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Shelter options remain scarce in Astoria

Astoria, Ore. — Winter hit Oregon’s North Coast especially hard in the last half of February.

For homeless people in the Astoria area, the dip in temperatures and the snow, ice and windstorms came at a time when there were even fewer than usual options for shelter.

The Astoria Warming Center, which would typically provide a space to sleep during the coldest months, has been closed since Feb. 4, after a homeless guest was arrested for allegedly stabbing one employee and throwing an explosive device at another.

In mid-February, Astoria officials scrambled to open an emergency shelter ahead of severe winter weather. The shelter opened at the Astoria Armory with Clatsop Community Action, a social services agency that also runs a warming center in Seaside, handling logistics and providing staff.

The Armory is a community event center better known for hosting roller skating nights and volleyball practices in its large gymnasium, but has now hosted 23 to 30 people in a carpeted lobby area each night the emergency shelter has been open — most recently on Tuesday night when temperatures once again dropped.

Mike Davies, board president for the Armory, and Clatsop Community Action say the Armory’s role as a warming shelter for the homeless is — and probably should — remain temporary. The Armory isn’t set up to become a regular shelter for the homeless, Davies say

But the need was clear, Davies said. And opening the shelter prompted other conversations with the city and county about what kind of role the Armory could play in sheltering people displaced by local disasters like wildfires or landslides.

“We certainly have no plans to become a regular warming center,” he said, but added, “We have assured the whole North Coast community … we’re a part of the community. We want to be an asset. We want to be available as needed for whatever community need should come up.”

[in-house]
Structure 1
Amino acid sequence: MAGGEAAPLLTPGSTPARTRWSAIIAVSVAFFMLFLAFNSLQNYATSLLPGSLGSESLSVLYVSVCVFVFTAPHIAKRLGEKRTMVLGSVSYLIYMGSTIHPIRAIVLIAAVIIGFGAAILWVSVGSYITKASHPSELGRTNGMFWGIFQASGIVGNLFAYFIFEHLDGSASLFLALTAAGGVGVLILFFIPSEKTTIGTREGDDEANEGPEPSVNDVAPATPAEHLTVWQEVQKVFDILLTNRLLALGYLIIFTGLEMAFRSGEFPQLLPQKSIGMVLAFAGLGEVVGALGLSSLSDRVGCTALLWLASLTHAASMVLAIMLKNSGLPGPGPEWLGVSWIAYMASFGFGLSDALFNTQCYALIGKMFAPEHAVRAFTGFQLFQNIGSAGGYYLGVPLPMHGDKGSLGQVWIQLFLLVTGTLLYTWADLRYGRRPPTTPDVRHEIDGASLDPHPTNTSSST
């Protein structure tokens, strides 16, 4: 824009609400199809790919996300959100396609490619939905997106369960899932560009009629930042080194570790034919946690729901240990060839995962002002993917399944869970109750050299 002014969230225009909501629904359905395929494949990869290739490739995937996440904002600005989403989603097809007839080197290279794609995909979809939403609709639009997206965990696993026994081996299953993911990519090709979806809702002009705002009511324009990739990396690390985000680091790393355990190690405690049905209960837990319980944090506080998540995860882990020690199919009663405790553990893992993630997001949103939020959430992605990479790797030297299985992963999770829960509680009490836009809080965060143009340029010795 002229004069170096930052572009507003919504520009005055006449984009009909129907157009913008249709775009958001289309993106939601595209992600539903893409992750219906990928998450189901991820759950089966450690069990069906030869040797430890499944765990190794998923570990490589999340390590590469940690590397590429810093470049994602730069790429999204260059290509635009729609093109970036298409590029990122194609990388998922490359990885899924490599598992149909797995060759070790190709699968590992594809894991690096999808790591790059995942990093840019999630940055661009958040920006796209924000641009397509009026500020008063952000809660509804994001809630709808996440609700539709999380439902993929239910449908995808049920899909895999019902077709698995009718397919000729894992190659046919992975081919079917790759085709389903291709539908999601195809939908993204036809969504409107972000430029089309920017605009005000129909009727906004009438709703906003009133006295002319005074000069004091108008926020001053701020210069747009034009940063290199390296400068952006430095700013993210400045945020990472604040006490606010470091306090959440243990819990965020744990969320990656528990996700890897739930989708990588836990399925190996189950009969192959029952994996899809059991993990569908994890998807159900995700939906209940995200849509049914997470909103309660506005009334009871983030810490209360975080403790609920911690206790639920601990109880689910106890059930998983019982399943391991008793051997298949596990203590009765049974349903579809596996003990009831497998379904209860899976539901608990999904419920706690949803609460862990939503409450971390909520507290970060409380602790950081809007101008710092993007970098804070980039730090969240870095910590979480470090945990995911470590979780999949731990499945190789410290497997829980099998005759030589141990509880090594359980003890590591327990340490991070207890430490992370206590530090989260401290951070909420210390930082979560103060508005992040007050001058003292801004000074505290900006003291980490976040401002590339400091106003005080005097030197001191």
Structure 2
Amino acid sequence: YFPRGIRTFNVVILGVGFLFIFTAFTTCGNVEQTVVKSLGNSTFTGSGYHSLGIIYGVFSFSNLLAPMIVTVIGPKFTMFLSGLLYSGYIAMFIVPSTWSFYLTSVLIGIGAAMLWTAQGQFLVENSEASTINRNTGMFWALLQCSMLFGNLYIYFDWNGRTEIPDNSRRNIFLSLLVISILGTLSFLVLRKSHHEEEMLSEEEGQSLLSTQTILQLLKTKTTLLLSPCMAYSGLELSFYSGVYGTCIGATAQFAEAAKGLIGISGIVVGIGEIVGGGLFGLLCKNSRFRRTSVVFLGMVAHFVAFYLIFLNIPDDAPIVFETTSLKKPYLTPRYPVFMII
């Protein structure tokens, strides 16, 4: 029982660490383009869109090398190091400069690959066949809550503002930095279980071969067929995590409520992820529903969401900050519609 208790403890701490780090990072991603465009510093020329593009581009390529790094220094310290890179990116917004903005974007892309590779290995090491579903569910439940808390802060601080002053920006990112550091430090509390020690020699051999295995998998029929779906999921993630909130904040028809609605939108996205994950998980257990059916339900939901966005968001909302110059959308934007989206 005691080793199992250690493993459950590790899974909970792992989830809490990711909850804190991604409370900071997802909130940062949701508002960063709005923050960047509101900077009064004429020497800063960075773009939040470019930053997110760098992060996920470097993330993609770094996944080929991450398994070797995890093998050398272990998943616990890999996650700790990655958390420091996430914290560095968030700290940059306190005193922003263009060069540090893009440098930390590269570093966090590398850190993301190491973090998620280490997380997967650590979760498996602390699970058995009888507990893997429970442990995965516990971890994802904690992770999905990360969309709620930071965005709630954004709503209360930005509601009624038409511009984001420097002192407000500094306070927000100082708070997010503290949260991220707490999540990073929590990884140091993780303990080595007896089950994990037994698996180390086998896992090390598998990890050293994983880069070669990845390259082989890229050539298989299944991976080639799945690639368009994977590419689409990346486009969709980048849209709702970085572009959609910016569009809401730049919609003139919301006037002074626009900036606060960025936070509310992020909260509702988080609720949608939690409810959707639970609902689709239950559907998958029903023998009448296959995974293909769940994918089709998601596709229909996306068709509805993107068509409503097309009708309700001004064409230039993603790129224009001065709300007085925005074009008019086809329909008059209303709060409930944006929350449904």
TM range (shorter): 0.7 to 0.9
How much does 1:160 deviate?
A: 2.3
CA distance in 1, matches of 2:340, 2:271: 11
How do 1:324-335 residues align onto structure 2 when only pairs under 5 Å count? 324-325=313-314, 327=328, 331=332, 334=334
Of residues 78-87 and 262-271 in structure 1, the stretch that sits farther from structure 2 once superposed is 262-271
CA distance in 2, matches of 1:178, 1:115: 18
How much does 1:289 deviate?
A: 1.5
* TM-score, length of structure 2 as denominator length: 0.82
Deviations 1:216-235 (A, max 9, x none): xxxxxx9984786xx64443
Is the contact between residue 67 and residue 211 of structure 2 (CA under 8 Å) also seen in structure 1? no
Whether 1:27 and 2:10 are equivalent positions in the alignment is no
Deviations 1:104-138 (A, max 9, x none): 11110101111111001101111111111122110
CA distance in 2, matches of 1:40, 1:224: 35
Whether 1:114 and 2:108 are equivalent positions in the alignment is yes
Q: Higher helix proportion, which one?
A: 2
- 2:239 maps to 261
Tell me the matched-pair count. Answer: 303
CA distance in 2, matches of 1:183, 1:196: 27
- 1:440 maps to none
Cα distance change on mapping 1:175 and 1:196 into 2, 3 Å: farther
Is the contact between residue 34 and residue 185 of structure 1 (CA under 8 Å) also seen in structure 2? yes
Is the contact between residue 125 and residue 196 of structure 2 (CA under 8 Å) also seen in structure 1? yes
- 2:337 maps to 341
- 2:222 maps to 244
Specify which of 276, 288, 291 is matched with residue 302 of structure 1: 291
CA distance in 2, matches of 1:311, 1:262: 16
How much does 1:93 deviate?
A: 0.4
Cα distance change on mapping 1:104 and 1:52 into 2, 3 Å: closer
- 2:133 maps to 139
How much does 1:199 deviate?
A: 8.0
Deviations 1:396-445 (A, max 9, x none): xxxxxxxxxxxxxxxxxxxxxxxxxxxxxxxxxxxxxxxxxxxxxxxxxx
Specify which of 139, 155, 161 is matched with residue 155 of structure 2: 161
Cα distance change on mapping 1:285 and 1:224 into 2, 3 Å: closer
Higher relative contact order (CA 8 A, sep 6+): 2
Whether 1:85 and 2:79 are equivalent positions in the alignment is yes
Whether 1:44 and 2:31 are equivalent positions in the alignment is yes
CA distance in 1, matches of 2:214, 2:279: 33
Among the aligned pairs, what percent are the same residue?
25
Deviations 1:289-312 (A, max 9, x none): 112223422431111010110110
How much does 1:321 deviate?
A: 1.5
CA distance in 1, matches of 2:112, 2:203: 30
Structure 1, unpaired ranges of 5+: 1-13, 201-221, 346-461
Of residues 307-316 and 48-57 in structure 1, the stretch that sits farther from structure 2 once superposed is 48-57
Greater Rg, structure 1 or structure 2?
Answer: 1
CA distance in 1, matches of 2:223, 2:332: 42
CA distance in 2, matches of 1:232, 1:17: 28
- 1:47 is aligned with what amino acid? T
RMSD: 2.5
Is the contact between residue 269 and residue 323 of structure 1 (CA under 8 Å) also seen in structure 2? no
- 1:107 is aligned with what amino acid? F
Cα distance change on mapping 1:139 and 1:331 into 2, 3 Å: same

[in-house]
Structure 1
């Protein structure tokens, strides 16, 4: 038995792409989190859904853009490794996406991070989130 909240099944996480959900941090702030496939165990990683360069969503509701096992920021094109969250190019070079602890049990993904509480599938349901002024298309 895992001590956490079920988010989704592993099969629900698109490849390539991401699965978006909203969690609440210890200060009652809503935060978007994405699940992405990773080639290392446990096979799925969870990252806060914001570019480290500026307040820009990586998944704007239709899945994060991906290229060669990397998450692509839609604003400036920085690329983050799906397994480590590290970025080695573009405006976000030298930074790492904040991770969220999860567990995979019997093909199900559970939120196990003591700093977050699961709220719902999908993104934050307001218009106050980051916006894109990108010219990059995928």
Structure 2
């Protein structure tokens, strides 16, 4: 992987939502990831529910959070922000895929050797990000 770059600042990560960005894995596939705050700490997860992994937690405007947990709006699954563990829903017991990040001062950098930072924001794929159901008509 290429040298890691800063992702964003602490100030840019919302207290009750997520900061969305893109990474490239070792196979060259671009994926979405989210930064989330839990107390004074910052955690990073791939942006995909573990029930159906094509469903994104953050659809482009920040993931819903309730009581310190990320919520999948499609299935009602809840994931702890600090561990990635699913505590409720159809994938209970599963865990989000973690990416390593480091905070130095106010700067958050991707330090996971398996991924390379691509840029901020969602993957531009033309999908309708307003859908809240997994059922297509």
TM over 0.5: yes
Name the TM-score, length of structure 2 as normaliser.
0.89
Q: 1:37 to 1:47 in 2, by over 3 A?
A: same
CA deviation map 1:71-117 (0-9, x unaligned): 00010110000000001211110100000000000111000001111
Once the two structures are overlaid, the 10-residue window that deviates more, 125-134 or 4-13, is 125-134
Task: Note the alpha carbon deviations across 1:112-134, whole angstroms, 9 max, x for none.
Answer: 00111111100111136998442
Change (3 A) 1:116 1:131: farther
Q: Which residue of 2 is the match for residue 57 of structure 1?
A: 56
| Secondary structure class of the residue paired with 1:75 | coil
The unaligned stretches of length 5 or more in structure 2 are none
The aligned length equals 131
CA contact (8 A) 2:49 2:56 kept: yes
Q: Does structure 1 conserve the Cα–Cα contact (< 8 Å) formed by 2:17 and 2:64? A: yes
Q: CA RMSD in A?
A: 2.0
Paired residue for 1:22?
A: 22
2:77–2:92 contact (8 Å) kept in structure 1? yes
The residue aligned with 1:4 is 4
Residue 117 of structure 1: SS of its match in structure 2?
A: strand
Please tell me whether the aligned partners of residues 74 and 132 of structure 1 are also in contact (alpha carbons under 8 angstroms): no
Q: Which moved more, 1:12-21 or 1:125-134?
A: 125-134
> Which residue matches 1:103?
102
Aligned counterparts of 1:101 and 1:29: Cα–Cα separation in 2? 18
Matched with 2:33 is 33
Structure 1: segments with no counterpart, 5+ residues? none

Still, said Viviana Mathews, executive director of Clatsop Community Action, “Emergency warming shelters are a critical need in Clatsop County that can only be addressed by community partners working together to find solutions.”

The future of the Astoria Warming Center is in flux. The center is working to finalize a merger with LiFEBoat Services, a nonprofit in downtown Astoria that runs a daytime drop-in center for the homeless.

LiFEBoat hopes to eventually open a year-round emergency shelter to run in tandem with their existing services, but the organization is also in the middle of negotiating a permit with the city to operate a temporary, 90-day shelter from their downtown offices.

The temporary shelter could potentially house around 40 people a night. Osarch Orak, LiFEBoat’s executive director, estimates this would cover about 90 percent of the immediate need in the Astoria area.

“But we would turn people away,” he said. “We would probably turn on average about 20 people away a night — and that number is only going to grow in the coming years with the fallout of COVID — a lot of people are becoming homeless.”

While the merger process is ongoing with LiFEBoat Services, the Astoria Warming Center has no plans to reopen this season and has laid off all of its staff.

Representatives of the warming center told KMUN that it has been hard to remain closed.

“As you might imagine, our staff, volunteers and board members have struggled with the inability to continue services, especially with the recent cold snaps,” the center said in a statement, “but we feel that we cannot in good conscience re-open until additional training and reorganization has taken place to ensure the safety of everyone involved.”

The center is working with LiFEBoat to plan a community training around principles of trauma-informed care.